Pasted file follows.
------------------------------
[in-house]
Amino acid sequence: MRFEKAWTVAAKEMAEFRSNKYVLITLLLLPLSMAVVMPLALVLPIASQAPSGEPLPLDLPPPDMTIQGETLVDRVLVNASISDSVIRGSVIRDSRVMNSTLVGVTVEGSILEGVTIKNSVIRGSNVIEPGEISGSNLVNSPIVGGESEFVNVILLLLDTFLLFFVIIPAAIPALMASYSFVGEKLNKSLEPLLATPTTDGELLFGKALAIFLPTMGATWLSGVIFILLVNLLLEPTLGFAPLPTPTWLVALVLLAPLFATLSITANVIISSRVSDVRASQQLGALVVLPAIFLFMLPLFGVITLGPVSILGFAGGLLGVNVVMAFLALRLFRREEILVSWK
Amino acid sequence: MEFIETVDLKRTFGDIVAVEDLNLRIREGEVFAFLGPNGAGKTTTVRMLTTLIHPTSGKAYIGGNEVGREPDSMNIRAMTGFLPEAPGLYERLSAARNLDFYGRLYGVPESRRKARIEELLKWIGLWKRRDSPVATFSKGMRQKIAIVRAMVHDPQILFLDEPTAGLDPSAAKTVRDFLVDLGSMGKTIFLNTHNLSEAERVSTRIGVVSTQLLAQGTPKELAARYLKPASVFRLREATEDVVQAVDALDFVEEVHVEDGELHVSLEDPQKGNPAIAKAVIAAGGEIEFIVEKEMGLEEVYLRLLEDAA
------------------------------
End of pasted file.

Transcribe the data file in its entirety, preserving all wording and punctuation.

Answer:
[in-house]
Amino acid sequence: MRFEKAWTVAAKEMAEFRSNKYVLITLLLLPLSMAVVMPLALVLPIASQAPSGEPLPLDLPPPDMTIQGETLVDRVLVNASISDSVIRGSVIRDSRVMNSTLVGVTVEGSILEGVTIKNSVIRGSNVIEPGEISGSNLVNSPIVGGESEFVNVILLLLDTFLLFFVIIPAAIPALMASYSFVGEKLNKSLEPLLATPTTDGELLFGKALAIFLPTMGATWLSGVIFILLVNLLLEPTLGFAPLPTPTWLVALVLLAPLFATLSITANVIISSRVSDVRASQQLGALVVLPAIFLFMLPLFGVITLGPVSILGFAGGLLGVNVVMAFLALRLFRREEILVSWK
Amino acid sequence: MEFIETVDLKRTFGDIVAVEDLNLRIREGEVFAFLGPNGAGKTTTVRMLTTLIHPTSGKAYIGGNEVGREPDSMNIRAMTGFLPEAPGLYERLSAARNLDFYGRLYGVPESRRKARIEELLKWIGLWKRRDSPVATFSKGMRQKIAIVRAMVHDPQILFLDEPTAGLDPSAAKTVRDFLVDLGSMGKTIFLNTHNLSEAERVSTRIGVVSTQLLAQGTPKELAARYLKPASVFRLREATEDVVQAVDALDFVEEVHVEDGELHVSLEDPQKGNPAIAKAVIAAGGEIEFIVEKEMGLEEVYLRLLEDAA